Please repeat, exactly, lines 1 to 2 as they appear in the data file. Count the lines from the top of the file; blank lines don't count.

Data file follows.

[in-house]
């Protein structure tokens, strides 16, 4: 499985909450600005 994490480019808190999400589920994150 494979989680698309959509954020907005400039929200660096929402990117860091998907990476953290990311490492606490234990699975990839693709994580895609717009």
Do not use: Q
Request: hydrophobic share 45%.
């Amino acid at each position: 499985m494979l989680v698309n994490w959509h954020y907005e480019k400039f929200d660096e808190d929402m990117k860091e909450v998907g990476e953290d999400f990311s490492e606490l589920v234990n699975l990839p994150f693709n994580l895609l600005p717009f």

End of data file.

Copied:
[in-house]
């Protein structure tokens, strides 16, 4: 499985909450600005 994490480019808190999400589920994150 494979989680698309959509954020907005400039929200660096929402990117860091998907990476953290990311490492606490234990699975990839693709994580895609717009």